High-pressure water blasting of poultry sheds with asbestos cladding

This safety alert highlights the serious health and safety risks of water blasting poultry farm sheds with asbestos cladding.

What is happening?

We have become aware poultry and broiler farm sheds are being cleaned between chick rearing cycles using high pressure water blasting. In New Zealand, a large number of these farms have sheds clad inside and out with asbestos containing material.

What we know

High pressure water blasting can disturb asbestos fibres in cladding and distribute them throughout the shed and environment. When the fibres are airborne they can be inhaled by workers and others, which can result in asbestos-related diseases.

High pressure water blasting should not be undertaken to clean sheds. Instead, a soft wash option should be chosen.

Approximately 220 New Zealanders die every year as a result of asbestos related disease through exposure to airborne asbestos fibres.

What you must do

The Health and Safety at Work (Asbestos) Regulations 2016 prohibits the use of high pressure water spray and compressed air on asbestos. The Regulations also require those with asbestos in their workplace to, identify it and develop an asbestos management plan and manage it safely.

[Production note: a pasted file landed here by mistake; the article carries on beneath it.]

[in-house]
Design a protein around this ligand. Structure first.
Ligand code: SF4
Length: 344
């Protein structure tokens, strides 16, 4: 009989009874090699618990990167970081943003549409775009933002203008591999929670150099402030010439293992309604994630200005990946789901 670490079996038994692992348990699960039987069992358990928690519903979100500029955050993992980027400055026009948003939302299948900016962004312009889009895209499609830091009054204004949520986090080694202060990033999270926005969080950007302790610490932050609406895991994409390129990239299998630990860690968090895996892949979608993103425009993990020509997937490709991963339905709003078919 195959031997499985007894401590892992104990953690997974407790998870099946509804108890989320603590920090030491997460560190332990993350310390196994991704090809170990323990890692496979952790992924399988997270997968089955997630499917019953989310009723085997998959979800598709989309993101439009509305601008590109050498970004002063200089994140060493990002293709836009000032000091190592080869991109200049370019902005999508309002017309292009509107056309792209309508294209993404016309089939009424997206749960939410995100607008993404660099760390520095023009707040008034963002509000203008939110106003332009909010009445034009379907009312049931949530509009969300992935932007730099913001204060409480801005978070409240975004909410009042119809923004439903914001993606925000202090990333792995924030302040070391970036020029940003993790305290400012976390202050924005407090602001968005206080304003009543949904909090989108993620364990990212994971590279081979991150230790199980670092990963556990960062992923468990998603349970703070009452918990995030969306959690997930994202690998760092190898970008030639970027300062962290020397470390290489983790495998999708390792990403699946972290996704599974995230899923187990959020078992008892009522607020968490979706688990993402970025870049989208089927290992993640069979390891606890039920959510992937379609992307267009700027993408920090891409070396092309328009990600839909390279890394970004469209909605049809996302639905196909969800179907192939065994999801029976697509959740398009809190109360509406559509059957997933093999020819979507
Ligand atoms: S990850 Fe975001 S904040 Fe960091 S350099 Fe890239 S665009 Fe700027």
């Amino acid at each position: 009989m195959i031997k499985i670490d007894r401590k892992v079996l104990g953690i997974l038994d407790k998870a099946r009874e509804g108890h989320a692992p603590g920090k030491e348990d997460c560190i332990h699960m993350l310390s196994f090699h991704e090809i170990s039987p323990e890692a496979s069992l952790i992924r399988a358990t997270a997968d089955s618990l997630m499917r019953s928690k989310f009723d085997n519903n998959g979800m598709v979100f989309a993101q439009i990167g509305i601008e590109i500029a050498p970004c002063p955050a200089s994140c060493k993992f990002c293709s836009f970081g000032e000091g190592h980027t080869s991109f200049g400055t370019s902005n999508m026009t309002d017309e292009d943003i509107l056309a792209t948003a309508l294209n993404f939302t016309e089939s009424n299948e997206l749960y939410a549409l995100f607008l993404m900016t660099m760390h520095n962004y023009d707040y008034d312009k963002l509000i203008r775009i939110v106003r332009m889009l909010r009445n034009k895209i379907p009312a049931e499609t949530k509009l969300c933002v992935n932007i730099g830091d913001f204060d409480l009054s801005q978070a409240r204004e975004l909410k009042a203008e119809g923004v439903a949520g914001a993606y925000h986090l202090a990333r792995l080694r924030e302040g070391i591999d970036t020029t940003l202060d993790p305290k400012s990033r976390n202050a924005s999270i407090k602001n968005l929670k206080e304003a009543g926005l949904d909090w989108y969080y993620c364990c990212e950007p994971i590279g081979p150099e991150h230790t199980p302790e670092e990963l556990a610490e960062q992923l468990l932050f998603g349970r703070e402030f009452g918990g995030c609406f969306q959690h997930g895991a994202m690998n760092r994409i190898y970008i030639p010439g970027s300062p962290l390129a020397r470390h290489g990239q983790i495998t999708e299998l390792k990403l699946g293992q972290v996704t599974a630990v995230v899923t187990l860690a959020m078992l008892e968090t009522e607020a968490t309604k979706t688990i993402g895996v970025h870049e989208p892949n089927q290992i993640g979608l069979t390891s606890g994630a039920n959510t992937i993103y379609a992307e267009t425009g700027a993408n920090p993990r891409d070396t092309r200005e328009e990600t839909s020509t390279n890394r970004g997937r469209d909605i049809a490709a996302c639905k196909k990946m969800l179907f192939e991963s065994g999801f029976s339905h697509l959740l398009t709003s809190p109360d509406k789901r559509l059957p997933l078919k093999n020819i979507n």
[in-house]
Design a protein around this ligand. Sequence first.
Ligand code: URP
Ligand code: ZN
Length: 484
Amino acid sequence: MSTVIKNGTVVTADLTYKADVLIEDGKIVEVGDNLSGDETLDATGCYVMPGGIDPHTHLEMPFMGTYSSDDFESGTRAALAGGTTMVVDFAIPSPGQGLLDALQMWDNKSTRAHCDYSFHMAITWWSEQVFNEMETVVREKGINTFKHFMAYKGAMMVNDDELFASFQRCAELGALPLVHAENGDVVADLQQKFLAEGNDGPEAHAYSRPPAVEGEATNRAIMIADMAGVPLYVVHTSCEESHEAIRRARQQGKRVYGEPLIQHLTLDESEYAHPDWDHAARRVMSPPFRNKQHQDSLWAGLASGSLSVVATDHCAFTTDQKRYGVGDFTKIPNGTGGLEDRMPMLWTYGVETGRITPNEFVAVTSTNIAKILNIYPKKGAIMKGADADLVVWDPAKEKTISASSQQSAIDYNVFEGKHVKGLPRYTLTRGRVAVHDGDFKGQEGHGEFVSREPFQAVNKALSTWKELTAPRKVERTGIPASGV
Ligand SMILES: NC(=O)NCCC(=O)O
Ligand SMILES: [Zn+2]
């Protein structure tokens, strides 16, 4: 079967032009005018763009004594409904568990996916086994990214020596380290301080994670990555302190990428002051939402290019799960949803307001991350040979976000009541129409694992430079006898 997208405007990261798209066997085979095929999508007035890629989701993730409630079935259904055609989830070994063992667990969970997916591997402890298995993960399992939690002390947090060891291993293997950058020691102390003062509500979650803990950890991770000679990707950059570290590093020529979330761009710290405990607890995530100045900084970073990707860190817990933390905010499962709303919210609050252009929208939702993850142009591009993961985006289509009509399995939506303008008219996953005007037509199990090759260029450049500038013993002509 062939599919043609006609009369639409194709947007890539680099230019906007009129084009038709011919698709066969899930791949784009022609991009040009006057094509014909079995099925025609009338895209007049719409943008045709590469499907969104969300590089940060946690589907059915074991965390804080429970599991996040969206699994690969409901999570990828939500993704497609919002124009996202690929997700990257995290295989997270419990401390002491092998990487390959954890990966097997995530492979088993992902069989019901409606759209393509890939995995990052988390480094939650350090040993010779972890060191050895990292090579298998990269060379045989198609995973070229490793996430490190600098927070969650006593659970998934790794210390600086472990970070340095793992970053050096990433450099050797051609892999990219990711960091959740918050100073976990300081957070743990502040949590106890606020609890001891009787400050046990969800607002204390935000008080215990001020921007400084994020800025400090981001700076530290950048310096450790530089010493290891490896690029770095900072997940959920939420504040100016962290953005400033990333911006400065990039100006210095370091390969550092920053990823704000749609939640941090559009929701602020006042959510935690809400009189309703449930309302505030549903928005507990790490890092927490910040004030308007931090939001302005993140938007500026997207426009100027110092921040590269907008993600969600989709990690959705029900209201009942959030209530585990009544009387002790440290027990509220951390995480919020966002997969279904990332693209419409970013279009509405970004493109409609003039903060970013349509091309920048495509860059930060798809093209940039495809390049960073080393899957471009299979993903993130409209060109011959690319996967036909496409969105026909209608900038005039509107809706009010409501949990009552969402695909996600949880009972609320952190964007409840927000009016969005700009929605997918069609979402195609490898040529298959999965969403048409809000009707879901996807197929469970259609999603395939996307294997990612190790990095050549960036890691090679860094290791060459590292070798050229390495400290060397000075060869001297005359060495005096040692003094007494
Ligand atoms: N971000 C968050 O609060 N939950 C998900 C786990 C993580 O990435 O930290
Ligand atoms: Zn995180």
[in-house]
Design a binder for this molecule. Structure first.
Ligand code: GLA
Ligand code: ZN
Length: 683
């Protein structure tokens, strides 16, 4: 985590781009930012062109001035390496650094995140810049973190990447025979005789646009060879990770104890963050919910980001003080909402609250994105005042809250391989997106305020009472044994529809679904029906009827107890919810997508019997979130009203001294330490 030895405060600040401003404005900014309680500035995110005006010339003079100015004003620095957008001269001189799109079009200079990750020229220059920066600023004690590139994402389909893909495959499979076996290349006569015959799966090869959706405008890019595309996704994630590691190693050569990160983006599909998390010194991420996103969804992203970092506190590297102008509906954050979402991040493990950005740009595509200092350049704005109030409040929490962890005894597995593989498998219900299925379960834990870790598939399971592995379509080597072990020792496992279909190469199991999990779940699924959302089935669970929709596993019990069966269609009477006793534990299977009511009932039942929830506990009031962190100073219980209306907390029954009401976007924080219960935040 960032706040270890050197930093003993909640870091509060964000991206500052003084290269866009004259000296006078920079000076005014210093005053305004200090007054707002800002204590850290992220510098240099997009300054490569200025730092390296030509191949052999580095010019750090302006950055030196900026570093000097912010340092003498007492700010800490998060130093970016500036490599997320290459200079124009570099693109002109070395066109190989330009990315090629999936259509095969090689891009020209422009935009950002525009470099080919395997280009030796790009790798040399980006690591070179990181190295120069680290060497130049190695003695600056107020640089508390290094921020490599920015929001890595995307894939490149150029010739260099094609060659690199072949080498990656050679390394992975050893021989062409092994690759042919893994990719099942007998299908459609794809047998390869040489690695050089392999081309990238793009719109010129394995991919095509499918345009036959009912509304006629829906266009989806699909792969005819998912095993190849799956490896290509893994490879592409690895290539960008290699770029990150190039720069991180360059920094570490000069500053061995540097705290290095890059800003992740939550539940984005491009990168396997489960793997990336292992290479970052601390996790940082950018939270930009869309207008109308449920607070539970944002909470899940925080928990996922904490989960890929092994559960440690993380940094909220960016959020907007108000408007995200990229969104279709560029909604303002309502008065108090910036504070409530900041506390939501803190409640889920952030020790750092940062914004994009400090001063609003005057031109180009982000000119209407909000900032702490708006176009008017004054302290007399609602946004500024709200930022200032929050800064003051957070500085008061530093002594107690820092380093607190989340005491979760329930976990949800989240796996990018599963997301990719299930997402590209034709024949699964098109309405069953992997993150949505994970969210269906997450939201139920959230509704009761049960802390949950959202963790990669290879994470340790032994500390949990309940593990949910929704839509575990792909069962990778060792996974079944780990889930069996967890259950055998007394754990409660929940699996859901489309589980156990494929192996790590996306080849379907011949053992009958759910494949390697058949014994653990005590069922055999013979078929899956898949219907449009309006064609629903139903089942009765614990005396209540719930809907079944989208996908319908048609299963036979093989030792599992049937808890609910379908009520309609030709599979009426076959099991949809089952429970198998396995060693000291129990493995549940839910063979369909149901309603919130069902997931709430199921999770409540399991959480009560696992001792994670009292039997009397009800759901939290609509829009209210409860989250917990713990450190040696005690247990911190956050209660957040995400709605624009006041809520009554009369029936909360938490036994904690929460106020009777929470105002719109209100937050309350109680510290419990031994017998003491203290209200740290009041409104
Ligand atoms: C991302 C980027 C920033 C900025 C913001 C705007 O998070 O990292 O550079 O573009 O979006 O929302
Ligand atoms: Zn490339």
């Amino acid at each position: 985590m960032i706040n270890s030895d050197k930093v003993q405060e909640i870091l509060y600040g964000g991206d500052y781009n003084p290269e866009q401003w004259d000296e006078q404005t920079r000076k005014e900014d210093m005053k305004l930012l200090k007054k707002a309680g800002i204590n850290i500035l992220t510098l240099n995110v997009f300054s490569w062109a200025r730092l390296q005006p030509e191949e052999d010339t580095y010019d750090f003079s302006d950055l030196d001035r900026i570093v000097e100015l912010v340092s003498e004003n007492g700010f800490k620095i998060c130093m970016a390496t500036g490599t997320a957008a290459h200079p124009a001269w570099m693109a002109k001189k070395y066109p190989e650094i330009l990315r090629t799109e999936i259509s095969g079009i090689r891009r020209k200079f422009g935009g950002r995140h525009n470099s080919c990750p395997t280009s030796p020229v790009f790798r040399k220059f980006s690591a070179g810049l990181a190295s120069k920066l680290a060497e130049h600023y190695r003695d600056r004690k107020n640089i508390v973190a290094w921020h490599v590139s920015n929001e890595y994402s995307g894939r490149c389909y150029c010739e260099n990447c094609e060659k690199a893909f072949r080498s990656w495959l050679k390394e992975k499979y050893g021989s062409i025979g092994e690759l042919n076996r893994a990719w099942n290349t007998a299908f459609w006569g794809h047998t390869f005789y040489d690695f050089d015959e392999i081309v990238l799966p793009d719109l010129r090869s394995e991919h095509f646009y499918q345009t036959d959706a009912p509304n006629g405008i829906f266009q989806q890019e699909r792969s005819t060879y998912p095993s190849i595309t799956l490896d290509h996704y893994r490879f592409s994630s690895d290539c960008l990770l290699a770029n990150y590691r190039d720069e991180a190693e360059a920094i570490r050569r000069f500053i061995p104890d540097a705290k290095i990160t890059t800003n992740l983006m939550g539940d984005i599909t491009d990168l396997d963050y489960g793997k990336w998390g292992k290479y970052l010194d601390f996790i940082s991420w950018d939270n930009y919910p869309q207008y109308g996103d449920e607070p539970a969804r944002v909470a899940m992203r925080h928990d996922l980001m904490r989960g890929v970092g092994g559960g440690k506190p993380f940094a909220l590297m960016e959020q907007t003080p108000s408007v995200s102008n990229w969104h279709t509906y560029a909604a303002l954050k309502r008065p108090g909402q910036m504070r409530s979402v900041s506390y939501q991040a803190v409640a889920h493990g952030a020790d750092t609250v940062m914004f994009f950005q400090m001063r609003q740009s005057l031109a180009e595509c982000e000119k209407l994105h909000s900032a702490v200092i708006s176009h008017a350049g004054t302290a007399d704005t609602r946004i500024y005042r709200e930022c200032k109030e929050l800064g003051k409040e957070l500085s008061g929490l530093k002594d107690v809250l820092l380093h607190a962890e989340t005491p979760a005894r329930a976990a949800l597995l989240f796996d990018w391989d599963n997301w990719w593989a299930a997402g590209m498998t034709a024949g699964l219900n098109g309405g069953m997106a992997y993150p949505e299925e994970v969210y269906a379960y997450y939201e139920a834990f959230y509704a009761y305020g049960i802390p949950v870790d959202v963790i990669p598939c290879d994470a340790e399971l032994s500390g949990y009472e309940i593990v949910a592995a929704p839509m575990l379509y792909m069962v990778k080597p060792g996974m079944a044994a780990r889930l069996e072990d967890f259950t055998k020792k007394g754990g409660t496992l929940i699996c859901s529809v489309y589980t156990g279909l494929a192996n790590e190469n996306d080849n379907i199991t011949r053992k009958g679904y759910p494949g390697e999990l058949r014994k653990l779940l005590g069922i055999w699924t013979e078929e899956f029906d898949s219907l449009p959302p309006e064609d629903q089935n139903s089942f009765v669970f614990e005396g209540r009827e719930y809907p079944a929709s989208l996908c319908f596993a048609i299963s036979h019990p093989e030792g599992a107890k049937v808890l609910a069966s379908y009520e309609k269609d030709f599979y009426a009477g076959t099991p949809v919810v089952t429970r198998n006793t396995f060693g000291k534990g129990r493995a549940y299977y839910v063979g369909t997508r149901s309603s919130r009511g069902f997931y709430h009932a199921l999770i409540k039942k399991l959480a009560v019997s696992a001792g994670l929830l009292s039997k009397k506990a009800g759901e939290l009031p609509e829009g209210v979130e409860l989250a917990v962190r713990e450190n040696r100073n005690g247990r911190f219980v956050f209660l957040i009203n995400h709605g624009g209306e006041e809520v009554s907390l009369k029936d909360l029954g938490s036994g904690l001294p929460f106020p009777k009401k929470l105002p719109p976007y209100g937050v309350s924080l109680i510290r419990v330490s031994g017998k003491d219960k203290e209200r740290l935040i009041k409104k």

The Health and Safety at Work Act 2015, which the Regulations support, places duties on employers, contractors, workers and others, to work together to ensure that work is carried out safely.

[image] Chicken shed built from asbestos cladding
Figure 1: Example of a chicken shed built from asbestos containing materials

Farmers, breeders, and shed owners need to identify if sheds and buildings contain asbestos, or asbestos containing material so they can record these details and management controls in an asbestos management plan.

If asbestos containing material is damaged, or is showing signs of disrepair, it should be a priority for removal, using a licenced asbestos removalist.

The asbestos management plan must be accessible to those who need to know, particularly cleaning contractors. Workers and contractors should also be involved in health and safety discussions about managing the risks.

Guidance

We have a wide range of advice on our website including:

Managing health and safety

Overlapping duties

Asbestos management plans

Working with asbestos

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